NY trooper dies from 9/11-related illness
Brian Falb was assigned to the World Trade Center following the terrorist attack to help in search-and-recovery efforts
Duty Death: Brian S. Falb - [Albany, New York]
End of Service: 03/13/2017
By Emily Masters
ALBANY, N.Y. — A state trooper who spent most of his 19-year career patrolling the North Country died Monday from a 9/11-related illness, State Police announced.
Trooper Brian S. Falb was assigned to the World Trade Center site following the terrorist attack on Sept. 11, 2001, to help in search-and-recovery efforts.
State Police would not disclose the illness that killed Falb, citing medical privacy. According to a website dedicated to raising funds for his family, he was diagnosed with brain cancer last year. Mount Sinai Hospital in New York City certified Falb's illness as related to 9/11 through the World Trade Center Health Program, according to Beau Duffy, a State Police spokesman.
A 47-year-old husband and father of four, Falb was assigned to Troop B and worked in Clinton and Franklin counties. He joined the State Police in 1998.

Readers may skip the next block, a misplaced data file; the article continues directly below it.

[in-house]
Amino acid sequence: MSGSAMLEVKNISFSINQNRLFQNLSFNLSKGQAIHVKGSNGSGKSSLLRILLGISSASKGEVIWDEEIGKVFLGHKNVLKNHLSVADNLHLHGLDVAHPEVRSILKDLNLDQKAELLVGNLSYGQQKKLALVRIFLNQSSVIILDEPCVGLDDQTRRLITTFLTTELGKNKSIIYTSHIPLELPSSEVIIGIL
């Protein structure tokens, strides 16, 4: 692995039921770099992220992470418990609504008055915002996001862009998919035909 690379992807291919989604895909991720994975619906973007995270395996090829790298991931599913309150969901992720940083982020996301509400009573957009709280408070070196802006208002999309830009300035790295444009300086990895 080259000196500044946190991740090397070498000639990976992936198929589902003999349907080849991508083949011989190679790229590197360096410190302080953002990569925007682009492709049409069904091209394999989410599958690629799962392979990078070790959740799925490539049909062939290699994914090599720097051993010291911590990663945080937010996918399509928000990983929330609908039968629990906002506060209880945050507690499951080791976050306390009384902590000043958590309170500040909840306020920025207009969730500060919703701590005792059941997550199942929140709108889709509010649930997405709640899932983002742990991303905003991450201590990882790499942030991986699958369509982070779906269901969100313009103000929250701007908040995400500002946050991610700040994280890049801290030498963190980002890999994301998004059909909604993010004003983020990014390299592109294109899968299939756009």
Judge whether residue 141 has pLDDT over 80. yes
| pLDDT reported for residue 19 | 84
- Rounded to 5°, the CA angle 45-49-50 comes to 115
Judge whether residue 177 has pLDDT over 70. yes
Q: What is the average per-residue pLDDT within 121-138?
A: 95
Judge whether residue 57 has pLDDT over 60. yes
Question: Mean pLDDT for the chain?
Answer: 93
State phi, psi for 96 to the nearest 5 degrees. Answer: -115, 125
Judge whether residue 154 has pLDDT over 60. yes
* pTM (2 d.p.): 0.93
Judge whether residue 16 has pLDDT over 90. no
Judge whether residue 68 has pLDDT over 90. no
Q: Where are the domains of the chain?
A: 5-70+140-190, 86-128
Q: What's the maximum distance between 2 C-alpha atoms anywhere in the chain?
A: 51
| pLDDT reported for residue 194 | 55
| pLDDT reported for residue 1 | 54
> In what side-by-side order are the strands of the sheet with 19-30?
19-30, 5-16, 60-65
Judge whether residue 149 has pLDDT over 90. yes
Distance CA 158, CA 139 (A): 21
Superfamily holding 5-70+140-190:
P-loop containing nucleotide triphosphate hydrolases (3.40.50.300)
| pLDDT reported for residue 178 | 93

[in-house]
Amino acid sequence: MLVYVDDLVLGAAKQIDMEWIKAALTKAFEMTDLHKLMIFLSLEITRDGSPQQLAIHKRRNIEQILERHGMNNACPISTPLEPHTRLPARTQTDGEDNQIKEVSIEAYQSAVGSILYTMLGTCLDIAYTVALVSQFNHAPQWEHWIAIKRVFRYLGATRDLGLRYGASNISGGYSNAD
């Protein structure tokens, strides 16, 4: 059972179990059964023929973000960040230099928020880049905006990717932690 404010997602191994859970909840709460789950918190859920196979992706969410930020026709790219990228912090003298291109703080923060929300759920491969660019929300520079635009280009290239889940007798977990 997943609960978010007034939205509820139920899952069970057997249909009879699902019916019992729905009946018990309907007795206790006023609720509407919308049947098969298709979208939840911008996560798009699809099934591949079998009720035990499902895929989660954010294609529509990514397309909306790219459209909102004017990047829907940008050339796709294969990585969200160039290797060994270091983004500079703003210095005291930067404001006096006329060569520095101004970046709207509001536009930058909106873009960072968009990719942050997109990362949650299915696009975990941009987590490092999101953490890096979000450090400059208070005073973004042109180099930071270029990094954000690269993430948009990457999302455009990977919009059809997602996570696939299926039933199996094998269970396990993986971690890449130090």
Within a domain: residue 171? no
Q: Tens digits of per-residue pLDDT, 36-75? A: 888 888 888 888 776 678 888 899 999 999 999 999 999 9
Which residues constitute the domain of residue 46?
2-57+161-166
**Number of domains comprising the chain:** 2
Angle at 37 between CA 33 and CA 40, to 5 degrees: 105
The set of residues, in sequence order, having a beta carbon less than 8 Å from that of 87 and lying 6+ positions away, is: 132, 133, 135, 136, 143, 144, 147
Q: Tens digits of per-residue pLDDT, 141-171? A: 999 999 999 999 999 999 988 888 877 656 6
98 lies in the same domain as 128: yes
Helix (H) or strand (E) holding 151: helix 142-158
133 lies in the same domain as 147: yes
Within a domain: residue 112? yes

His latest assignment was with the Traffic Incident Management Unit, which responds to major car crashes, leads traffic enforcement, inspects commercial vehicles and investigates auto theft.
Falb is the fourth State Police member to die from a 9/11-related illness, which is considered a line of duty death, said Kristin Lowman, a State Police spokeswoman.
Thousands of people who were exposed to the terror attacks have been diagnosed with airway and digestive disorders, mental health conditions, musculoskeletal disorders and cancers.
Plattsburgh-based photographer Damian Battinelli became fast friends with Falb four years ago when the trooper hired him to shoot a family portrait and the men realized they were both 9/11 first responders who had developed cancer. Battinelli was diagnosed with bladder cancer two years ago, more than a decade after the attacks.
Battinelli said he and Falb helped each other through the process of being certified for the World Trade Center Health Program, a Centers for Disease Control program that covers medical expenses for people whose illness was caused by the terrorist attacks.
"He was not taking it lying down," Battinelli said. "He fought so hard."
Falb "commanded the room when he walked in," Battinelli said. "He was a guy's guy, you know? Super-kind, funny, smart. Someone you wanted to be around."
Thomas Mungeer, president of the New York State Troopers Police Benevolent Association, thanked the North Carolina State Police "for their assistance and the compassion they showed Brian and his family while Brian was receiving treatment at Duke University Hospital these past two and a half months. Brian had just returned home last week."
Funeral arrangements have not yet been announced.
©2017 the Times Union (Albany, N.Y.)